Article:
Image by J'Roo via FlickrOne thing that has been bugging the crap out of me since I've become aware of it is my inability to follow people's interactions in a group. If I am sitting at a table with 3 other people, I can really only talk to one person at a time which means I may, at times, have a tendency to hog the conversation and reduce the group interaction to a one-on-one talk instead of a round robbin discussion. I am not clueless and uncaring about other people so I do periodically check in and watch the other people in the group. When I am not overloaded. I am socially adept enough to try and bring in the other people into the conversation, However, especially in high-stakes discussions, I do take snap shots of other people's reactions. But when an interaction with another person is at its emotional peak, I stop watching everyone else as I am overloaded and focus on the key person. When coupled with slow processing by the brain, this does not happen for me in a real-time feed like it does for everyone else.
I told Dr. Herzberg about this and she is starting to work on parafoveal stimulation to increase peripheral vision. Decreased peripheral vision means I can't track what people sitting beside me are doing .
The fovea is a small spot near the retina's center filled with photoreceptors that allows the focal point of your vision to guide visual information to the conscious thinking part of your brain.The fovea receives only a small part of the visual information entering the eye. The parafovea is an area that surrounds the fovea and can take in much more. The parafoveal cells are connected to other areas of the brain that govern reflexive or"instinctive" responses. Most of the visual information that hits the parafovea is subliminal information, below the conscious threshold, and the visual system in our brain alerts us to what's important, tucks it away in our memories (think about subliminal messages in advertising), or ignores it. Impaired peripheral vision also impacts the ability to sense incoming danger — such as cars running stop signs — and react instinctively.
We did a computer based exercises where I followed a dot bouncing from side to side last week. This week during vision therapy, I held a piece of 8 1/2" x 11" paper with a dot in the middle and different letters sprinkled all over the paper at arms length and focused on the dot. Marianne, her tech, called out words and I was supposed to spell them. This was not too easy for me as I really could see only about a 1 1/2" diameter circle around the point. I tried hard not to cheat and look away from the dot but it wasn't easy.
Apparently, I have been going through life in a bit of a tunnel. I noticed this biking through the woods and driving as well. I wonder what the subliminal impact of all this is... when your brain and eyes aren't capturing all this subtext.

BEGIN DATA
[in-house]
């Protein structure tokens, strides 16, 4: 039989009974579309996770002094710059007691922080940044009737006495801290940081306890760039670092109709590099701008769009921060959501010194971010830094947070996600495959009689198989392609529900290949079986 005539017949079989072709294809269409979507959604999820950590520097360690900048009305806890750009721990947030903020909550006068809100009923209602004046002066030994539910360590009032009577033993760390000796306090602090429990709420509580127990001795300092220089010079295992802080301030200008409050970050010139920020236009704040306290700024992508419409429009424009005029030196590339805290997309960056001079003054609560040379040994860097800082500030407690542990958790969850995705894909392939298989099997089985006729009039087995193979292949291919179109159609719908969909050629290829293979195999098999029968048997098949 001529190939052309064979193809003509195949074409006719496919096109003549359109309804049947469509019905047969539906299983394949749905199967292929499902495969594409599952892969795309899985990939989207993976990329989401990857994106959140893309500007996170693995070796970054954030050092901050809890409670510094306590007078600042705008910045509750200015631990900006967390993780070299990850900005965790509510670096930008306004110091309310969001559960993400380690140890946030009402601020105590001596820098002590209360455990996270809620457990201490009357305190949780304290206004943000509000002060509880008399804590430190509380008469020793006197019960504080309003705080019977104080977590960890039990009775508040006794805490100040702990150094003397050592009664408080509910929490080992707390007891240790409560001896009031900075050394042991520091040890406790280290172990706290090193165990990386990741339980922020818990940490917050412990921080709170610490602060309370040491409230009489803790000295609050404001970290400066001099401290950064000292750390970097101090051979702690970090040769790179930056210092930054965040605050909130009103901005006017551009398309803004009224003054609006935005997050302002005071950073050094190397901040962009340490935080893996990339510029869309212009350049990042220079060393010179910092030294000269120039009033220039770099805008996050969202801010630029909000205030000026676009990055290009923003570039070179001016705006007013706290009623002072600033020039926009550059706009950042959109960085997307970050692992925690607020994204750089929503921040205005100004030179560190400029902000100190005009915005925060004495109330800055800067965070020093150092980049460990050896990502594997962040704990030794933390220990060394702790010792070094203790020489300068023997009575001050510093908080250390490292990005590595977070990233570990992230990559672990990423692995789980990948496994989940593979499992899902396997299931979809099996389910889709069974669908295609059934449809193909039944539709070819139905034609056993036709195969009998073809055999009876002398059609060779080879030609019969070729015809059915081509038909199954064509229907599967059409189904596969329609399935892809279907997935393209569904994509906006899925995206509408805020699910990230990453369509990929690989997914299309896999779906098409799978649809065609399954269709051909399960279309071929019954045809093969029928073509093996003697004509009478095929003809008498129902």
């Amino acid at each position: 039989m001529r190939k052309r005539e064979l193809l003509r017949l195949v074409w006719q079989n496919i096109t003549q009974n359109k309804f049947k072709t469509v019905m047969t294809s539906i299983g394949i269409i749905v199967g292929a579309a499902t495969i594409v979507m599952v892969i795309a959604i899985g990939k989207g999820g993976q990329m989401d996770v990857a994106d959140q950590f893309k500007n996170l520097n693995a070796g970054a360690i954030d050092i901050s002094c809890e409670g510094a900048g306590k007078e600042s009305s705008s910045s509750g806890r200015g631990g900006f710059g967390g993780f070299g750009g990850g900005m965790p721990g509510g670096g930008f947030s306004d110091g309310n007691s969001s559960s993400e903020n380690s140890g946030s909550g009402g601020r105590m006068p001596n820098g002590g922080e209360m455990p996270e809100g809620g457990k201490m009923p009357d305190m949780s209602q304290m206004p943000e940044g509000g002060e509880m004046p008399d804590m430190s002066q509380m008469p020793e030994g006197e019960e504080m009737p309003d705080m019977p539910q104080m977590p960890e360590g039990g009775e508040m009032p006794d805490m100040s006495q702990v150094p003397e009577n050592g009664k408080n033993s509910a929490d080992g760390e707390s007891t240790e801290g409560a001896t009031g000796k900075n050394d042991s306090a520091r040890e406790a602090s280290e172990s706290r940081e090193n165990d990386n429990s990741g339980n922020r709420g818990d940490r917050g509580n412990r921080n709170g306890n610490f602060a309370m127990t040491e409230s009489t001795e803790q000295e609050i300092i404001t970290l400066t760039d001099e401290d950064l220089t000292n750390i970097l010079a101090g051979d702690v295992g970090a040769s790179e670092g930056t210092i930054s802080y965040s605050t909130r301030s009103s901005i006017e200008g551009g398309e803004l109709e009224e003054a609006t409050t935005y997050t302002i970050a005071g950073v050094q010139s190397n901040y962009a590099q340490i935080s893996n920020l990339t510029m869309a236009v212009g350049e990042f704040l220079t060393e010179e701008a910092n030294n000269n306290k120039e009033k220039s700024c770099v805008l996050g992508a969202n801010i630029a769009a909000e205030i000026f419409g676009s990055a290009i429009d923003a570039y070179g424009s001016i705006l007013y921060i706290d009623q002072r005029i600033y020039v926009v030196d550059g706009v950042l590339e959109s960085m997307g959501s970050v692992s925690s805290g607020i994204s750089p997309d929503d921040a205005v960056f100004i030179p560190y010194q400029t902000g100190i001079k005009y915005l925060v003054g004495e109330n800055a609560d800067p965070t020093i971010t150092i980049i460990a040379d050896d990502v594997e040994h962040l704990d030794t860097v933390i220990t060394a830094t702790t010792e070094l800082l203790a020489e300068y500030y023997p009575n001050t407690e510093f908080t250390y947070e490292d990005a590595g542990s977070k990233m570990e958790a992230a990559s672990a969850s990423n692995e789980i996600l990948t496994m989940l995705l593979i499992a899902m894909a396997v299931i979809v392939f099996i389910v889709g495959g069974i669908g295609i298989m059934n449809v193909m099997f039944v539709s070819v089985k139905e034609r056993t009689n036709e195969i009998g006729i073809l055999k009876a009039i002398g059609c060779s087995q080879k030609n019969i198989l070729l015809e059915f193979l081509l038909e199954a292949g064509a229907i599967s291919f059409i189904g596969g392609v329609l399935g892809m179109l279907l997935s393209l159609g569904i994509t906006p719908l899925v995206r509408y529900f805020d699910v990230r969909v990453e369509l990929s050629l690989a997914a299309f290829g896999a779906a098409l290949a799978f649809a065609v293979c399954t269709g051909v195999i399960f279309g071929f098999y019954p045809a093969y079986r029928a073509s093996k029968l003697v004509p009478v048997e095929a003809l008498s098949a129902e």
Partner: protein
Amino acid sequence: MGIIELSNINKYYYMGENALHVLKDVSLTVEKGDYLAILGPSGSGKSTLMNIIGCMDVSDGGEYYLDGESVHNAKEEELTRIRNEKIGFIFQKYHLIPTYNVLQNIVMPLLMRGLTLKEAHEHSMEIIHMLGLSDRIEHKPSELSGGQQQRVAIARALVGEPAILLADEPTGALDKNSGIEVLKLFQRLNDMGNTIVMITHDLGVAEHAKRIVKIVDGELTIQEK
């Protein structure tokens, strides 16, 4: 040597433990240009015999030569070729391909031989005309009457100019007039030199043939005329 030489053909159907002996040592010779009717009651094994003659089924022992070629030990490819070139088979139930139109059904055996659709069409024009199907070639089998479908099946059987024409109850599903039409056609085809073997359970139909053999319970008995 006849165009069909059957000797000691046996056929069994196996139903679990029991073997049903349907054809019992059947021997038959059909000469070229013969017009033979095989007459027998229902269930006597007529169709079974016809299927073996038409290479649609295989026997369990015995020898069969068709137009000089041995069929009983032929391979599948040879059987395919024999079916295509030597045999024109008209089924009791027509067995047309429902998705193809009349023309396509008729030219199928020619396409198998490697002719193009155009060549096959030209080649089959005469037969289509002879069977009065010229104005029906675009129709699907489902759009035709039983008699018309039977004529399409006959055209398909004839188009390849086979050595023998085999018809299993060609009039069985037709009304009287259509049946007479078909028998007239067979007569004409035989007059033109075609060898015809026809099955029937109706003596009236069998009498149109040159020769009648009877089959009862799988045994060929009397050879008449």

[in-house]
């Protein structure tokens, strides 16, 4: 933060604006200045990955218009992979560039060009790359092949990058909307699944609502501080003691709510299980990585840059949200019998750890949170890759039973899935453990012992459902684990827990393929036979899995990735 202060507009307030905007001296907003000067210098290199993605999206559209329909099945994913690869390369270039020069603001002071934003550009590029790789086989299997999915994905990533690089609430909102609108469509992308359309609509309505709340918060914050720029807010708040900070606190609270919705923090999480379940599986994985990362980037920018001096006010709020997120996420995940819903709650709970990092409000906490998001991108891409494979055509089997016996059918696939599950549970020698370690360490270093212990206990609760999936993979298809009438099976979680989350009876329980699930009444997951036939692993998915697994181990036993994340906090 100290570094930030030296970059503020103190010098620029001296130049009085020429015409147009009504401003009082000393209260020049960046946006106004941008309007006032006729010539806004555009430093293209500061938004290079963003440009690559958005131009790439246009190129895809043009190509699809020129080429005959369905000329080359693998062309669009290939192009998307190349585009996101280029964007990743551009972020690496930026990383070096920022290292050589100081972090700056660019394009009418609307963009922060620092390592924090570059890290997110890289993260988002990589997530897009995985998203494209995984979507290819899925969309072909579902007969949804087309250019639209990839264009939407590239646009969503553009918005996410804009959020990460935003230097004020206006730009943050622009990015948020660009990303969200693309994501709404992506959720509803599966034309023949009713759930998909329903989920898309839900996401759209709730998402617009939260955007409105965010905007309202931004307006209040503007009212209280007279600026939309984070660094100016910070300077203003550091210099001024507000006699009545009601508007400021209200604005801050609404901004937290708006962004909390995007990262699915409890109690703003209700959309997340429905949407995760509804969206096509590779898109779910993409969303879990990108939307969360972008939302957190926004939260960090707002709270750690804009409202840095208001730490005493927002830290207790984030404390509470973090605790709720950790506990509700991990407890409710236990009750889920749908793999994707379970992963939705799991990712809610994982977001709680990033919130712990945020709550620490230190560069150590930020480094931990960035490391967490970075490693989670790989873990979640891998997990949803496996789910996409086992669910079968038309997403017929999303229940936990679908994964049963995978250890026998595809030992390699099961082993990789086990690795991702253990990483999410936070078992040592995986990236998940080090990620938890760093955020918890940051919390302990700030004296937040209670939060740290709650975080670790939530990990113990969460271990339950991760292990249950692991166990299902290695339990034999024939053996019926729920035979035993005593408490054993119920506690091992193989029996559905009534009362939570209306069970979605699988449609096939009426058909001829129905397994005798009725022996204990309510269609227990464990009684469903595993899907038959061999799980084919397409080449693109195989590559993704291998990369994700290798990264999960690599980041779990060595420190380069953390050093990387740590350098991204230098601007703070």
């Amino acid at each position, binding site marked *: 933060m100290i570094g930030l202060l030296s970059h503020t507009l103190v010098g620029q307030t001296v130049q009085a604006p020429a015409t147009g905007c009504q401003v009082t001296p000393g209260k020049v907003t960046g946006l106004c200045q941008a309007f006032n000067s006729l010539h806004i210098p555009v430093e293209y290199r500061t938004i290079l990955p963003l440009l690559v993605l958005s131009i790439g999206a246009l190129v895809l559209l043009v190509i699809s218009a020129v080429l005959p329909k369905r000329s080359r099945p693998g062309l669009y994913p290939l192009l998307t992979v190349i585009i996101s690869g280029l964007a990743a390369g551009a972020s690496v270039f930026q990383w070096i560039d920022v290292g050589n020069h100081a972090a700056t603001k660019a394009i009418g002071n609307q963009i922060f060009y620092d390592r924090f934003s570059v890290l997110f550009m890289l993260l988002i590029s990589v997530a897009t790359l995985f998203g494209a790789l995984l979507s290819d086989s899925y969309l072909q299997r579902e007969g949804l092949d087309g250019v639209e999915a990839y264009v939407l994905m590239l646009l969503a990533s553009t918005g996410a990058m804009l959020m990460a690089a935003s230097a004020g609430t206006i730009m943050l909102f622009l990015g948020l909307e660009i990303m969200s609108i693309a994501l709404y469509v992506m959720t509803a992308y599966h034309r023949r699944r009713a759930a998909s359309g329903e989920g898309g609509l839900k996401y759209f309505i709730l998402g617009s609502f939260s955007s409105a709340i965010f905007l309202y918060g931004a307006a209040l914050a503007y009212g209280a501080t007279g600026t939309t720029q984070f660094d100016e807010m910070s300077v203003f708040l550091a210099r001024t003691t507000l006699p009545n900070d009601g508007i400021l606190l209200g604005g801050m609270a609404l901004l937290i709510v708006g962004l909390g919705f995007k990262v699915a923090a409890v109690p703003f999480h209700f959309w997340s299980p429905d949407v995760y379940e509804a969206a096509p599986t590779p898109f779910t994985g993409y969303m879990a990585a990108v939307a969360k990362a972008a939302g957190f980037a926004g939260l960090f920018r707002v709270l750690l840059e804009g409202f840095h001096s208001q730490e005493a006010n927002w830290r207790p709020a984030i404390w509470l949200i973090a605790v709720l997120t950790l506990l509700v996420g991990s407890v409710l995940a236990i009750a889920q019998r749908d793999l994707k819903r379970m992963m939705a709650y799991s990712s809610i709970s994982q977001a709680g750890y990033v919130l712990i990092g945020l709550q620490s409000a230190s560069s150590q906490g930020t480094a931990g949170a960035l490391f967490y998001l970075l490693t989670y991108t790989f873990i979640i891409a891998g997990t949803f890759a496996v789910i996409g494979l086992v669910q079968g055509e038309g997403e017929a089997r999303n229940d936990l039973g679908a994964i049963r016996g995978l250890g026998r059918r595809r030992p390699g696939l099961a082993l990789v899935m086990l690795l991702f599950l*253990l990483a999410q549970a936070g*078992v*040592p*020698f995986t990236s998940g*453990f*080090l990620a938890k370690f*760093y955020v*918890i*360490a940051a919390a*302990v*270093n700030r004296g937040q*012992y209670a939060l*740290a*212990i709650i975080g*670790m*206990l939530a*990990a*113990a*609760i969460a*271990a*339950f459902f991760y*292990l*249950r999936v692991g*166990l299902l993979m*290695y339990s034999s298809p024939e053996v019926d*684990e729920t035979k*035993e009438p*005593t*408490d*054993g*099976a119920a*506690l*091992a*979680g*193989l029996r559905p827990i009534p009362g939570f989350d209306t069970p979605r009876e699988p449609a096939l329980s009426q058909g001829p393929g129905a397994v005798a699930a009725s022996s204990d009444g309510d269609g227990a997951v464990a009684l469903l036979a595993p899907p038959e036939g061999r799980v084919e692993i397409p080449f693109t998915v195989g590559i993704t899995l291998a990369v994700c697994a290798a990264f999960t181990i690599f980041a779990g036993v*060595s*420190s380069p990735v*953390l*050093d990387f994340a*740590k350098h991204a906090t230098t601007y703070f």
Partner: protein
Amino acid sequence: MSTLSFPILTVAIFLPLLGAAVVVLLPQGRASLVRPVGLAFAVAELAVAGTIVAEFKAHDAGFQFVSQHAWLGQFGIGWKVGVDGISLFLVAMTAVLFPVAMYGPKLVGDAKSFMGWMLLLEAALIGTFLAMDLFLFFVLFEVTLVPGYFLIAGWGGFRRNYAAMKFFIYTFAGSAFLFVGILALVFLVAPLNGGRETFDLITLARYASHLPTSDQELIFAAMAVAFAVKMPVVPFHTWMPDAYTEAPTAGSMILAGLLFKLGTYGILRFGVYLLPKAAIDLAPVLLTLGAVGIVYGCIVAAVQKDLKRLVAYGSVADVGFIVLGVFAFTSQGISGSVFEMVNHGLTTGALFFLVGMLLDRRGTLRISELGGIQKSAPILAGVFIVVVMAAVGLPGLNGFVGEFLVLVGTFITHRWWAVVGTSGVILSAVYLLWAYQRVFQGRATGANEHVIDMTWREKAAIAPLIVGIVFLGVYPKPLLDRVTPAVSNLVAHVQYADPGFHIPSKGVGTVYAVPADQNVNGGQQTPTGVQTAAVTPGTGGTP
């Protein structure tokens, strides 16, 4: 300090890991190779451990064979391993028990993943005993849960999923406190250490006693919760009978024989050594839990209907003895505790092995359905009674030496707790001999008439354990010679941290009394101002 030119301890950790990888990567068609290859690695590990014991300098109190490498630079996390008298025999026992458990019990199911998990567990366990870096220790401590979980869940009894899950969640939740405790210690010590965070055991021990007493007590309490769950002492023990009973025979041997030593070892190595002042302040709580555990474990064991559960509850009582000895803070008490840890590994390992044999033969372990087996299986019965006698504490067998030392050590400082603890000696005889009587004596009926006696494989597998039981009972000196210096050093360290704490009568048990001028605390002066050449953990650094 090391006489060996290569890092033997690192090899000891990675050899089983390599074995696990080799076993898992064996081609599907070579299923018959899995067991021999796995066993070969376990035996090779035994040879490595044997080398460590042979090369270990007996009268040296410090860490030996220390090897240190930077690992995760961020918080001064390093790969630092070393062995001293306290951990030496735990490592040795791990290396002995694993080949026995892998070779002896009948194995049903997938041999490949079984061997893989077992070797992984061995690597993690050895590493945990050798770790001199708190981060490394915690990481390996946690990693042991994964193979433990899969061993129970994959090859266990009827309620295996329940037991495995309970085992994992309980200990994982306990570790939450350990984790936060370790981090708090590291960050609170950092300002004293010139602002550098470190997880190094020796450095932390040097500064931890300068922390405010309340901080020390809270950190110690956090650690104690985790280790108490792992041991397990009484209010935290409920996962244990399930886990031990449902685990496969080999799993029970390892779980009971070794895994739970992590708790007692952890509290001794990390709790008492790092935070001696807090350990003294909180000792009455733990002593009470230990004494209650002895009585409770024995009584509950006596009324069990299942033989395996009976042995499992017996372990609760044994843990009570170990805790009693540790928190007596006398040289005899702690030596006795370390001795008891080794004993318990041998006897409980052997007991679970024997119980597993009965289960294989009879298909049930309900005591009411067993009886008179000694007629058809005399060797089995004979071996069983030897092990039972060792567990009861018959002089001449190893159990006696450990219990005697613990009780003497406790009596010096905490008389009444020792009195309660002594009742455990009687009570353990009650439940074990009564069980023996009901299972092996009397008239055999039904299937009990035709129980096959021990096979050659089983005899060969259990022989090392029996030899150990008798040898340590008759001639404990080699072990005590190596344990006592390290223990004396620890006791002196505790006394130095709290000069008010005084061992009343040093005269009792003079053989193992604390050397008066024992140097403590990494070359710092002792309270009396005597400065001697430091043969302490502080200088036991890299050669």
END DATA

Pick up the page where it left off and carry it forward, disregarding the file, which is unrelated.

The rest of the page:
I have asked Dr. Herzberg to start thinking about how my vision impacts higher order functioning. She is a great person to have this conversation with as she started out in life majoring in psychology with an emphasis on perception, cognition and childhood development. Dr. Herzberg became fascinated by the vision aspect of this and went into developmental optometry. Unlike other specialists, she has retained enough of her earlier background to understand that her patients are more than a pair of eyes. So we have been starting a series of conversations about what vision therapy can do to stop perseveration, slow processing, impulsivity and the impact my vision problems will have on career choices. I know vision therapy is not a cure-all for all ailments; but there is evidence for interaction between the vision system, executive function and emotions. Obviously, I do get happier as my vision improves, generally speaking. There are some times, however, when all these changes are a bit overwelming and I creep into bed and put a night shade over my eyes and listen to soft music or my sound oasis (my tinnitus can flare up) after vision therapy. It's really interesting to see how my cognitive processes and emotional states will shift as my vision improves. I am pondering what the inverse impact will be: i.e. how thinking and emotions impact vision. Stereo Sue, a neuroscientist who famously recovered 3D vision through vision therapy, recently noted that depression after the death of her father seemed to decrease her 3D vision. I, too, notice that if I am feeling a bit down or a bit tired, I start slipping back into old dysfunctions visually.
I know this is a bit of a stretch, but I am wondering if cognitive based therapy where you examine thought patterns for negative cognitions would impact vision: ie you can think your way into better eyesight. I wonder what the effects of other psychotherapies are on vision, as well. EMDR gets very interesting with its emphasis on bilateral processing.
One thing that bothers me is that I really don't have an overarching framework that explains my physical and other dysfunctions. I am going about fixing myself from the bottom up: get the senses working and then start working on the higher order processes.. But, I wonder if there is something that ties all this stuff together somehow and if I get that something working, it will have a much deeper impact than patching up lower level, physical functions and working my way through the cortex to the higher level ones.
I do notice that I am thinking more clearly as a result of all the therapies that I have been doing. It's hard for me to say which one exactly has helped with which executive problems as I am doing many therapies at once. Ideally, I'd being doing a neuropsychiatric assessment after each therapy, but there is a limit as to how much an insurance company will pay out and I don't want to push it. But, after I finish getting my basic body functions of vision, hearing, balance back in order, that would be a good time for another round with a neuropsychiatrist.